Travelling with a J-Pouch part 2

As mentioned in my previous post, I travelled for around 5 hours on several trains to visit my sister earlier last week. The outward journey was fine with no issues when it came to needing the bathroom. The home-bound journey, however, was a little different because at the halfway point I started getting spasms. Thankfully, I was able to hold off needing to “go” until we reached London Waterloo station where we had about a 4omin wait for our train.

Ah, the Waterloo toilets. Another thing I wanted to mention in this post as they have… changed. Don’t get me wrong, not having to hunt through pocket fluff for 20p in order to do your business is wonderful, especially for people with IBD and similar conditions, but I can’t help but notice that the cleanliness of these toilets has dropped somewhat. There was a very strong smell as you approached that only got worse when you got inside, and they just seemed generally unclean. There was signage mentioning a plumbing issue so maybe that was the reason? I don’t travel to London enough to know but I do hope they can sort out whatever issues they are having and return the facilities to a more appealing state. I realise my complaints may seem a bit superficial but I am genuinely concerned about the spreading of infections like c.diff. I do not want to get that again as it was one of the reasons my colon had to be removed, and I don’t want to risk my jpouch failing.

On a lighter note, it seems that Nottingham has embraced Crohn’s & Colitis UK’s “Not Every Disability is Visible” campaign by putting up signage on all of their accessible rest rooms (or at least all the ones I saw anyway). I’ve started taking pictures of the supportive signs when I can so I can spread awareness on my instagram. It always makes me smile when I see the new signs.

And I’m home.

I made it home in one piece! The London Comic Con was amazing and, even though I’m so very tired from all that walking, it was worth it. I cosplayed as Misty from Pokemon for the first two day but chose to just wear civvies for the last day. This was mostly because I only had two yellow tops instead of three (and it was very warm all weekend) but also because I found that, although having my ostomy bag tucked into my waistband wasn’t uncomfortable, it was very hot under the bag so it did sometimes make me think it was full and/or leaking at times. So, for the last day, I just wore it untucked and with a cover on which was a bit cooler.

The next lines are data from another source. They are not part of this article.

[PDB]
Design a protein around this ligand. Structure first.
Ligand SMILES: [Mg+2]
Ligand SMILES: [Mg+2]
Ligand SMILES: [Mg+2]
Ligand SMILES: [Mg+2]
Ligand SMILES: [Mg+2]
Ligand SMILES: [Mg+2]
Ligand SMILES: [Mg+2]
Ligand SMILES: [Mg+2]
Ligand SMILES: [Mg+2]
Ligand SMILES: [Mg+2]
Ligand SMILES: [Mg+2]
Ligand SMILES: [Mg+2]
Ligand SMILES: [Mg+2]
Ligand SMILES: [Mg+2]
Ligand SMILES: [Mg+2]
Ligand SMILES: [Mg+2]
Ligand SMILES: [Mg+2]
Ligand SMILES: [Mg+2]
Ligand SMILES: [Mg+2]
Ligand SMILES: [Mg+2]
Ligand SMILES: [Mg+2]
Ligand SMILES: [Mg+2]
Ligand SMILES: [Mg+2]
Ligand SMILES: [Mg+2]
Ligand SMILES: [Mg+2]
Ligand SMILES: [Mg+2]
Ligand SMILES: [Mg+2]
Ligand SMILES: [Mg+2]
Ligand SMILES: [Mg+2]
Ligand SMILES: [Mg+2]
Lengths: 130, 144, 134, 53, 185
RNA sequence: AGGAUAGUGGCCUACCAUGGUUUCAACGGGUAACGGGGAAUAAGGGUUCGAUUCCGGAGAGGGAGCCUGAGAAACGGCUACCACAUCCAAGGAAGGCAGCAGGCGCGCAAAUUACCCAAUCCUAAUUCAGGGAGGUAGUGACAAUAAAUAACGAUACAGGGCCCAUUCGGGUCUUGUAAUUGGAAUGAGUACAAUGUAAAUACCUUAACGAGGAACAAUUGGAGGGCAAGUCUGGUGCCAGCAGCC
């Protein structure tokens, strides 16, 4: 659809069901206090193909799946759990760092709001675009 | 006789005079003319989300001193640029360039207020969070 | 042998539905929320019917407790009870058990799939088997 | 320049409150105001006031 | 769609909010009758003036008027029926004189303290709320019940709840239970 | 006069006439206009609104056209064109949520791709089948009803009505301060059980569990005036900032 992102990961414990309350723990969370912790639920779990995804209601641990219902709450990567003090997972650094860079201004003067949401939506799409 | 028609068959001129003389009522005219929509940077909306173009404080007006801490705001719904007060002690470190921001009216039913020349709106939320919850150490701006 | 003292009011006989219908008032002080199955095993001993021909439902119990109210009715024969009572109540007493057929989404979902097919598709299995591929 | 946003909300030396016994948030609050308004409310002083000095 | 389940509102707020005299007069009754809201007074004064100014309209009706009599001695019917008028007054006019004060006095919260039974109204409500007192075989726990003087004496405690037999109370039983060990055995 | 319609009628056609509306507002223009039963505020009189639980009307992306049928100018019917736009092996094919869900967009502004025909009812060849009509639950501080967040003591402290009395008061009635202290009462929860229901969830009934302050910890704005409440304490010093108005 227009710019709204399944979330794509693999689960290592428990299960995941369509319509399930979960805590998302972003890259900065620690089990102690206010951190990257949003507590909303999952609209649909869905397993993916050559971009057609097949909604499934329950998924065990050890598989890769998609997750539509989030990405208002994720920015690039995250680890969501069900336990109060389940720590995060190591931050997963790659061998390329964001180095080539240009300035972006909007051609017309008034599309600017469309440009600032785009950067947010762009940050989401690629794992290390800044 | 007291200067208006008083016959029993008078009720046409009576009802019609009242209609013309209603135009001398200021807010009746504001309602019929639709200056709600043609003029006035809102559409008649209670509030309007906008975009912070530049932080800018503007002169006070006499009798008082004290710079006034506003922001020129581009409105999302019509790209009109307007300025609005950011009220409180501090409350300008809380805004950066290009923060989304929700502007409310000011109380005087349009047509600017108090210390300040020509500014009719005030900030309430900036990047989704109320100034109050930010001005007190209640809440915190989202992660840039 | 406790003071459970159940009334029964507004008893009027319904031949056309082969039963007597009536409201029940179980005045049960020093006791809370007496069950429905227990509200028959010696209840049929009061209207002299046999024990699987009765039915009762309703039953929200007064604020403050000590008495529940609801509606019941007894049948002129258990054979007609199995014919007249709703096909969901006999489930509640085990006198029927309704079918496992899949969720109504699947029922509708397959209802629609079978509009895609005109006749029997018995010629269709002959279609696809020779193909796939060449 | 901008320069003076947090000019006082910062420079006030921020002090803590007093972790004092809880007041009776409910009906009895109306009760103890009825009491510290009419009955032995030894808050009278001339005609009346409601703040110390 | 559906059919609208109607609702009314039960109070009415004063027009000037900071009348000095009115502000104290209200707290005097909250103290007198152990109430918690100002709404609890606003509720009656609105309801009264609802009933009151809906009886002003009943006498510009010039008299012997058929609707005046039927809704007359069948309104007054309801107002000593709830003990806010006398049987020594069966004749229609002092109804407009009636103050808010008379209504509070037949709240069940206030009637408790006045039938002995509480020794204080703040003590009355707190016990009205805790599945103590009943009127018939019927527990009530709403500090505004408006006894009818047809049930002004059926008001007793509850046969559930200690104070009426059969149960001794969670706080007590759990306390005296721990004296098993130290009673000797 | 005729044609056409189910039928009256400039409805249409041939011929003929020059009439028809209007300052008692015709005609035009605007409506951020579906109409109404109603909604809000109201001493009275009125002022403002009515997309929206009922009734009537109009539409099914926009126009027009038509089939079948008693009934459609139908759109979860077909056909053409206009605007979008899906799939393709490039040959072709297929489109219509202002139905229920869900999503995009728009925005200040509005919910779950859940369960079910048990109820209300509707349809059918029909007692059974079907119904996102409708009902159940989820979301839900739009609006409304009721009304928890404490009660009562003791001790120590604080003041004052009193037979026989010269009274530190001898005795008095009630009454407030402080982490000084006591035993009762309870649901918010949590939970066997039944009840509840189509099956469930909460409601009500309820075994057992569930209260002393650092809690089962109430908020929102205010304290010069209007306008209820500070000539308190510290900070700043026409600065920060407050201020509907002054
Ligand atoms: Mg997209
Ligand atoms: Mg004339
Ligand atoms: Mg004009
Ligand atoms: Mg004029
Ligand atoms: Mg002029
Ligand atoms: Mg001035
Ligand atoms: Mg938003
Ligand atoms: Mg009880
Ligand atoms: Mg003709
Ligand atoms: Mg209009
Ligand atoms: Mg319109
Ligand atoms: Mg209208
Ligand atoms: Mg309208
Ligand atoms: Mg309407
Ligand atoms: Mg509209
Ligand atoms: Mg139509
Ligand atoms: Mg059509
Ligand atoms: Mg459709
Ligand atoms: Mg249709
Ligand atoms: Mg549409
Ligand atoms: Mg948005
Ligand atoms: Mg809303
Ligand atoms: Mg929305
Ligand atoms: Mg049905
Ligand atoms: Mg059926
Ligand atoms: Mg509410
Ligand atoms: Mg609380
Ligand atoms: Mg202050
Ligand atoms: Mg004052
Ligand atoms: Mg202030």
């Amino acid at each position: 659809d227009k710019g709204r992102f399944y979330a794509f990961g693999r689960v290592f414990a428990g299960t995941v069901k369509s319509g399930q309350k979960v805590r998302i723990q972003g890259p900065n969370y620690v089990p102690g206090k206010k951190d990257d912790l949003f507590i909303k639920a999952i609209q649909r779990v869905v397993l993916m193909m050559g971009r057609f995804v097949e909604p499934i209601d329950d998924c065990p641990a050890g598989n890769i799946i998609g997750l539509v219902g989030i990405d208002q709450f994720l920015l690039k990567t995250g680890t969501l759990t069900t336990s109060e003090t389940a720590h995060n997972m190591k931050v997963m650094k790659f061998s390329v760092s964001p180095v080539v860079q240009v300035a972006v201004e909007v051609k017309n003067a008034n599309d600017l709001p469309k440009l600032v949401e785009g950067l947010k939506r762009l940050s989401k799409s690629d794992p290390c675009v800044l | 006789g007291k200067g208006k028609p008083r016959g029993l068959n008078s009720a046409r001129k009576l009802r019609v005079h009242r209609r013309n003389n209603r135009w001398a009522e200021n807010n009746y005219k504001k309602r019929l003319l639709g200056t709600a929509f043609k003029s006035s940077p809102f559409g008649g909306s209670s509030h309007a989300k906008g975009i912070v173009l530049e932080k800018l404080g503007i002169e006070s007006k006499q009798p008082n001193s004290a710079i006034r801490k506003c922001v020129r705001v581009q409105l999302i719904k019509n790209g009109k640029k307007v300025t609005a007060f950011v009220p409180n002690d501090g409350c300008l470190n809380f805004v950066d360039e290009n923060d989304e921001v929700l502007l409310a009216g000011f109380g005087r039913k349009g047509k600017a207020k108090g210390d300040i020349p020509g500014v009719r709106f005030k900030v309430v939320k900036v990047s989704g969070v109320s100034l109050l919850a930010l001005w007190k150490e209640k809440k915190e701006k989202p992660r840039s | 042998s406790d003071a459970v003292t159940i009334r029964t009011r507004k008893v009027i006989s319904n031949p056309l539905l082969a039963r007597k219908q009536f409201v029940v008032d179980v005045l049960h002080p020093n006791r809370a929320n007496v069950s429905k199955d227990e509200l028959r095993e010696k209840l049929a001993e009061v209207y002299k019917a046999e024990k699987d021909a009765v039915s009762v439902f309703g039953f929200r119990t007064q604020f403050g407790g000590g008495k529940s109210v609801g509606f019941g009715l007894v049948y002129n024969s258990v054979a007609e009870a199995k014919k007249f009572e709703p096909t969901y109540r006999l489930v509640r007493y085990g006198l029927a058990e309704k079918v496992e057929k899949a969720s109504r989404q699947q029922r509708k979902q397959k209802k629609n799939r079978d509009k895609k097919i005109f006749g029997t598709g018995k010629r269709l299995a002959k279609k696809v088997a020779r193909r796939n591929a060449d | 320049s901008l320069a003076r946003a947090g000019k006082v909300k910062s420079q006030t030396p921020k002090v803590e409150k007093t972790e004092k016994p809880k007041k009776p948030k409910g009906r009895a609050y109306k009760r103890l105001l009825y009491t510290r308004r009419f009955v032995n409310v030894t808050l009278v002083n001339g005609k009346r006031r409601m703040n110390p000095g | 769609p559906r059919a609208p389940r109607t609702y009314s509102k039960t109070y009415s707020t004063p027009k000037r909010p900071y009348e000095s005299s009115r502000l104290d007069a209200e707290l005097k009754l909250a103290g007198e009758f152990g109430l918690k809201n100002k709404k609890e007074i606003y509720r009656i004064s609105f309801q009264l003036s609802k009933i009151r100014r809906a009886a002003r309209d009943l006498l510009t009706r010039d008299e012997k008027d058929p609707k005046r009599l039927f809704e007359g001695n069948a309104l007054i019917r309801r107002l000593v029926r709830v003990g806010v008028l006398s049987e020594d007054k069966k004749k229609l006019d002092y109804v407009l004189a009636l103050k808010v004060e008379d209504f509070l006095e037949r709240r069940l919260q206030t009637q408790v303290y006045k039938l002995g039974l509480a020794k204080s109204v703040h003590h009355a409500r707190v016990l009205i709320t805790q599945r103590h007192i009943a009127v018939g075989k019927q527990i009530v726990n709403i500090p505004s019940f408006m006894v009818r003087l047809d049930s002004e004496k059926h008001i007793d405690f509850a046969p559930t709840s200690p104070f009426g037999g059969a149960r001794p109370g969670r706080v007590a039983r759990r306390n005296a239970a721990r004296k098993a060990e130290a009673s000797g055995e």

I got quite a few things from the sellers halls; everyone seemed to be doing lucky bags so I got one from Tofu Cute which had a load of Japanese sweets and drinks in it as well as a couple of plushies. I also got a print from one of the artists in the Comic Village, and my sister bought me a pair of handmade Studio Ghibli hair bows. I have every intention of going again next year but we’ll have to see how I am health-wise.

Thank you @thatchronicfeeling, this was helpful. I hadn’t thought about the entry queue; it’s usually quite long after advanced ticket entry (which we do have, thankfully). They had a seating area near the food stales last year so I’m hoping they’ll do something similar this year. I’ll keep an eye out for a map, sometimes they release it early so you get an idea of what there’ll be in the sellers halls. There are plenty of toilets as well and they have pretty big signs above them so I shouldn’t have any trouble finding one.

I highly recommend going to comic con if you can. The London one is huge; it takes up almost all of the London ExCel centre (which is a massive building), and is over three days now. I got my Totoro keyring from there a few years ago.